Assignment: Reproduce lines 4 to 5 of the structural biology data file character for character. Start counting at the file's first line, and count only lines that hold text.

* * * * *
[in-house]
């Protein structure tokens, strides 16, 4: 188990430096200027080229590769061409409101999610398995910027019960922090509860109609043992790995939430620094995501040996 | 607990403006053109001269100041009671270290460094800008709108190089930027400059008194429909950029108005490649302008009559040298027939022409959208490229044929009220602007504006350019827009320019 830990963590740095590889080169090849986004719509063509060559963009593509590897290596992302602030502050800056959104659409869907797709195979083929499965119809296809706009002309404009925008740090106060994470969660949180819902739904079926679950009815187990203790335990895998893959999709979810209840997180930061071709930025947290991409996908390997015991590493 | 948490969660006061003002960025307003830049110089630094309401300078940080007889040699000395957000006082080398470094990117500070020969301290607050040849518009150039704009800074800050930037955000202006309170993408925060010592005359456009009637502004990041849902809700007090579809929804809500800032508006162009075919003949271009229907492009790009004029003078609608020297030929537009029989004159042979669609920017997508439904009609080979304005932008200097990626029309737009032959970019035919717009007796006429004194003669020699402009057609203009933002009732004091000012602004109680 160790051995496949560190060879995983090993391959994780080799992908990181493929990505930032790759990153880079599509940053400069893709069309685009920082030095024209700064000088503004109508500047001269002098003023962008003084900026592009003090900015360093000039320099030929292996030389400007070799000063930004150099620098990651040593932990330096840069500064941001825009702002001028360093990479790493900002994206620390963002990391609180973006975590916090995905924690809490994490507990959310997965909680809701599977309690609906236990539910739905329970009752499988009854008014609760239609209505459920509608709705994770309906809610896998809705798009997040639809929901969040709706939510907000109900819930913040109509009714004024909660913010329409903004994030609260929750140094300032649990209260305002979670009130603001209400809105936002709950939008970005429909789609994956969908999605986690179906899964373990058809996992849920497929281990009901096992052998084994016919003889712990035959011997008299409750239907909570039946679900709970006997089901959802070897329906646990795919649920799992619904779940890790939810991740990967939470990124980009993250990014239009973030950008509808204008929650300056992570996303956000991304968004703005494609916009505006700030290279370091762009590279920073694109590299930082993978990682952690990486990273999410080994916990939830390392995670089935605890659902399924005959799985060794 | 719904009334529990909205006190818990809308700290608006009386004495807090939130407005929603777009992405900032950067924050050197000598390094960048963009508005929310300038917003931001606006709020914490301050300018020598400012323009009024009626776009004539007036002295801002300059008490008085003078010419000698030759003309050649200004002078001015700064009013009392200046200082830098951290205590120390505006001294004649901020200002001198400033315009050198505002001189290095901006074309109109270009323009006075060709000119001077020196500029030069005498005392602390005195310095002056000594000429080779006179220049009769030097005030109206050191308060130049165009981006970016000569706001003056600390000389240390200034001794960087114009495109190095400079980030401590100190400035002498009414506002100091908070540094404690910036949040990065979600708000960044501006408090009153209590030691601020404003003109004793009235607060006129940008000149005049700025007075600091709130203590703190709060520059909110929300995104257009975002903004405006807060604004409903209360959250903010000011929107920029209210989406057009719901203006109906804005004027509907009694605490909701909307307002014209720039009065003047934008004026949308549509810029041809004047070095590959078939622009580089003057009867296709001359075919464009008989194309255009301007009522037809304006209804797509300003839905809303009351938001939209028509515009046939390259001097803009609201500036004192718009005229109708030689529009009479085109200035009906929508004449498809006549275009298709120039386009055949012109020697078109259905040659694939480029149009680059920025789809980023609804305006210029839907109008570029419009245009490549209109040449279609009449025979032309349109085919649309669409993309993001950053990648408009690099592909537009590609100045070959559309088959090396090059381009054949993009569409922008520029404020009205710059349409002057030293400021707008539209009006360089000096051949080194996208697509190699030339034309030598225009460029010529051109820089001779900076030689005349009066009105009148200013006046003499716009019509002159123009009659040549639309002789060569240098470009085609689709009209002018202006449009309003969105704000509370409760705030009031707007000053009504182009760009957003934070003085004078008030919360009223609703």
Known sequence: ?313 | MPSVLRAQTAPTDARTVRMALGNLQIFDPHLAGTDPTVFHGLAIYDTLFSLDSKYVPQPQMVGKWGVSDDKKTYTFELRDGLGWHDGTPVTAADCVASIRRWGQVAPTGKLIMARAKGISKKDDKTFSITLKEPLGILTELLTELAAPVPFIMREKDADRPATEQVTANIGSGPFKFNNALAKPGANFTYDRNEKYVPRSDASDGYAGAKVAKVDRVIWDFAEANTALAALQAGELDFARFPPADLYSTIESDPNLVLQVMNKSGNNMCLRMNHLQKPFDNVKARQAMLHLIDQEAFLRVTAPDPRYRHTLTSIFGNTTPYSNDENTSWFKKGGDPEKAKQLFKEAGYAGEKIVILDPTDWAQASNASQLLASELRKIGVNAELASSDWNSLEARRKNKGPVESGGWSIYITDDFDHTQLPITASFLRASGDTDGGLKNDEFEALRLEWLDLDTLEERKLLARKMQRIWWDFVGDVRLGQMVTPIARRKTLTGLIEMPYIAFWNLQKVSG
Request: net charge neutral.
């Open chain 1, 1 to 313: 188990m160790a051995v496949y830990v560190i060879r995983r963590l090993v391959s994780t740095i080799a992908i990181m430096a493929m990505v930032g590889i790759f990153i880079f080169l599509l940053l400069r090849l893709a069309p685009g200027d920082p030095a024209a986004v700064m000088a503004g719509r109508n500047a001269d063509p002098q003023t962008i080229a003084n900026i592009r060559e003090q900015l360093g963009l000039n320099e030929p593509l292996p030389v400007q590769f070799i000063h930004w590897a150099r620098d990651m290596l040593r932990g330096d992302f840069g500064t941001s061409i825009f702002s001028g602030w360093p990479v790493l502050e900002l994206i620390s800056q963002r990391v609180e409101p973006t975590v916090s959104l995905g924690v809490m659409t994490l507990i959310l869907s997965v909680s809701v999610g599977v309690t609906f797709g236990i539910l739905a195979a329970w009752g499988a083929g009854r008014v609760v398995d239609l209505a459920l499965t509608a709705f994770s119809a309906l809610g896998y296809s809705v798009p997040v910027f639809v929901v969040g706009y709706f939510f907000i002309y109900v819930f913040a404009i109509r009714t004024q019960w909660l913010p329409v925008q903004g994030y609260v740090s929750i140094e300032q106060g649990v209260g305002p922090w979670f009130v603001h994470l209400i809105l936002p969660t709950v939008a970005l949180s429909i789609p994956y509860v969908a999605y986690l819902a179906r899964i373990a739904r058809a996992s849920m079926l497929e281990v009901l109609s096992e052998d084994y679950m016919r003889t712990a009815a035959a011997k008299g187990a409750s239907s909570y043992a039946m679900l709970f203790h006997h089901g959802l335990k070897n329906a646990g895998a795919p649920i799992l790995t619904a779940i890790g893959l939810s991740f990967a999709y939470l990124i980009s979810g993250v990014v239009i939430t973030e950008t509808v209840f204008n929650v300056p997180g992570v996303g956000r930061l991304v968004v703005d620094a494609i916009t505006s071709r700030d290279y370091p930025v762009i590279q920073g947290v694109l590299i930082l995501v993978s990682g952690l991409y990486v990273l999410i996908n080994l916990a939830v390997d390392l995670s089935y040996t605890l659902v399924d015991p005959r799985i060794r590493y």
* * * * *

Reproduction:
Request: net charge neutral.
């Open chain 1, 1 to 313: 188990m160790a051995v496949y830990v560190i060879r995983r963590l090993v391959s994780t740095i080799a992908i990181m430096a493929m990505v930032g590889i790759f990153i880079f080169l599509l940053l400069r090849l893709a069309p685009g200027d920082p030095a024209a986004v700064m000088a503004g719509r109508n500047a001269d063509p002098q003023t962008i080229a003084n900026i592009r060559e003090q900015l360093g963009l000039n320099e030929p593509l292996p030389v400007q590769f070799i000063h930004w590897a150099r620098d990651m290596l040593r932990g330096d992302f840069g500064t941001s061409i825009f702002s001028g602030w360093p990479v790493l502050e900002l994206i620390s800056q963002r990391v609180e409101p973006t975590v916090s959104l995905g924690v809490m659409t994490l507990i959310l869907s997965v909680s809701v999610g599977v309690t609906f797709g236990i539910l739905a195979a329970w009752g499988a083929g009854r008014v609760v398995d239609l209505a459920l499965t509608a709705f994770s119809a309906l809610g896998y296809s809705v798009p997040v910027f639809v929901v969040g706009y709706f939510f907000i002309y109900v819930f913040a404009i109509r009714t004024q019960w909660l913010p329409v925008q903004g994030y609260v740090s929750i140094e300032q106060g649990v209260g305002p922090w979670f009130v603001h994470l209400i809105l936002p969660t709950v939008a970005l949180s429909i789609p994956y509860v969908a999605y986690l819902a179906r899964i373990a739904r058809a996992s849920m079926l497929e281990v009901l109609s096992e052998d084994y679950m016919r003889t712990a009815a035959a011997k008299g187990a409750s239907s909570y043992a039946m679900l709970f203790h006997h089901g959802l335990k070897n329906a646990g895998a795919p649920i799992l790995t619904a779940i890790g893959l939810s991740f990967a999709y939470l990124i980009s979810g993250v990014v239009i939430t973030e950008t509808v209840f204008n929650v300056p997180g992570v996303g956000r930061l991304v968004v703005d620094a494609i916009t505006s071709r700030d290279y370091p930025v762009i590279q920073g947290v694109l590299i930082l995501v993978s990682g952690l991409y990486v990273l999410i996908n080994l916990a939830v390997d390392l995670s089935y040996t605890l659902v399924d015991p005959r799985i060794r590493y």